What and who defines public space in New York City?

amNY today delves into the Bloomberg Administration‘s “vision” for transforming New York’s public spaces. Yet, the article doesn’t touch upon parks as public space which is too bad because highlighting what the Bloomberg Administration has done to take away and adversely impact public space at Washington Square Park, Union Square Park, the giveaway of Bronx parkland to the Yankees, the privatization of Randalls Island, etc. would counter city “planner” Amanda Burden‘s gushing spin on the whole thing.

Ms. Burden and Mayor Mike’s idea of expanding public space is more about putting tables in the midst of city streets (seriously) and not so much about how people interact. It is more about figuring out how tourists can sit and have a cup of coffee amidst Times Square congestion versus people actually engaging with one another in unplanned, unusual and spontaneous ways.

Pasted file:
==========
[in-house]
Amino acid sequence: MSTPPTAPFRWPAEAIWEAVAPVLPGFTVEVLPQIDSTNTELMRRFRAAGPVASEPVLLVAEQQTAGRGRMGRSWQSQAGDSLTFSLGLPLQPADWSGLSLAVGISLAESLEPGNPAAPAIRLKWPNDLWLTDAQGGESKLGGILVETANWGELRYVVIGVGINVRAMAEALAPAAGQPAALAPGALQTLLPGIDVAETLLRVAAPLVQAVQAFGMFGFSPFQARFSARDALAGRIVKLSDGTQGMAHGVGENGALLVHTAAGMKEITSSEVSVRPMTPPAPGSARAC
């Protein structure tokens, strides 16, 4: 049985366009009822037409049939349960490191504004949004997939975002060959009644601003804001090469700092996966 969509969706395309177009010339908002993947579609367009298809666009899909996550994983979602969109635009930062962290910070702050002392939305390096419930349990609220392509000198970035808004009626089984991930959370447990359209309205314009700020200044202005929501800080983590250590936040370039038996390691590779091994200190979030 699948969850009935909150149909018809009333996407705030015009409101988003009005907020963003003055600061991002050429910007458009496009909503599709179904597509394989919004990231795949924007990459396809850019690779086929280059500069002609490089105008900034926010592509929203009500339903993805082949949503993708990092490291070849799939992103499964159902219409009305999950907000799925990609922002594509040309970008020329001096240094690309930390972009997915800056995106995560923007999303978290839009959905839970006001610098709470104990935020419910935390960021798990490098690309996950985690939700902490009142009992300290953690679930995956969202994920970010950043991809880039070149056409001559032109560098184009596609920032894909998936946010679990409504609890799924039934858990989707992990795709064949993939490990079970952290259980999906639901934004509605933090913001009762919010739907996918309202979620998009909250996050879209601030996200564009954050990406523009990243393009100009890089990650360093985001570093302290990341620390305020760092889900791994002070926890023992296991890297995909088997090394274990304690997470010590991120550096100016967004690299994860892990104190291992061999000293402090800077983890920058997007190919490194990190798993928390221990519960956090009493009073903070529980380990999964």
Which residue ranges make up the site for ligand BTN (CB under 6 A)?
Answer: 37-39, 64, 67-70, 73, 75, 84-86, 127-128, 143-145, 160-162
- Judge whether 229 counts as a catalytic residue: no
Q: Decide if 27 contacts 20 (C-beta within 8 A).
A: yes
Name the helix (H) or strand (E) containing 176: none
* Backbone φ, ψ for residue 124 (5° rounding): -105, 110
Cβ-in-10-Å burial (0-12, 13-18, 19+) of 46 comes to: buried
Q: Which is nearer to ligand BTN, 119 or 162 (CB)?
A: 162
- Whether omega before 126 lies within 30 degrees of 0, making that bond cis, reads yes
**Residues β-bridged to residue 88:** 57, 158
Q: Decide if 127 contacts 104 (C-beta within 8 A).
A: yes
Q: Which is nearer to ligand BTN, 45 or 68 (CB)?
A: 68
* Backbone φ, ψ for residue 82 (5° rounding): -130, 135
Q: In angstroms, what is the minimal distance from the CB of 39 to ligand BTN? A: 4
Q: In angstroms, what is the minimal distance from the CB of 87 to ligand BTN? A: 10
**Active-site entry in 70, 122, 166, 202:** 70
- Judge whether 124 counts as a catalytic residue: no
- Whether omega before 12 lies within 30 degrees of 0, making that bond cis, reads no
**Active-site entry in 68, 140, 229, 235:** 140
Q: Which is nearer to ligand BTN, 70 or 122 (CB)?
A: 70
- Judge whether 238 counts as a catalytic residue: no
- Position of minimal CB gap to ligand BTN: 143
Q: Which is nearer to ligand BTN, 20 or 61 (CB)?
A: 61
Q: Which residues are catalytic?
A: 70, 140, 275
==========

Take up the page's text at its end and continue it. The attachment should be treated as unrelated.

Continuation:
Jeremiah of Vanishing New York blog is thankfully quoted and provides some balance, saying, ““There is a kind of mono-cultural aesthetic that everything is being made too coordinated and the style is this kind of glass and chrome where everything looks like a condo. …It’s nice to have a place to sit, but it feels too antithetical to what a city is supposed to be, which is chaotic and organic and wild and hard to tame.”

Ms. Burden tells amNY that many of her initiatives are informed by time spent in Europe. Of course, on the surface, there’s nothing wrong with that. She says, ““I really believe you can measure the health of a city by the vitality of its streets and public spaces. … In the end, that’s what draws people to a city. That’s what makes people fall in love with a city.”

That sounds great — until you look closer. When city “planning” starts worrying too much about changing a city as unique as New York for tourists and doesn’t preserve what New Yorkers already love about their city, I think there is a problem.

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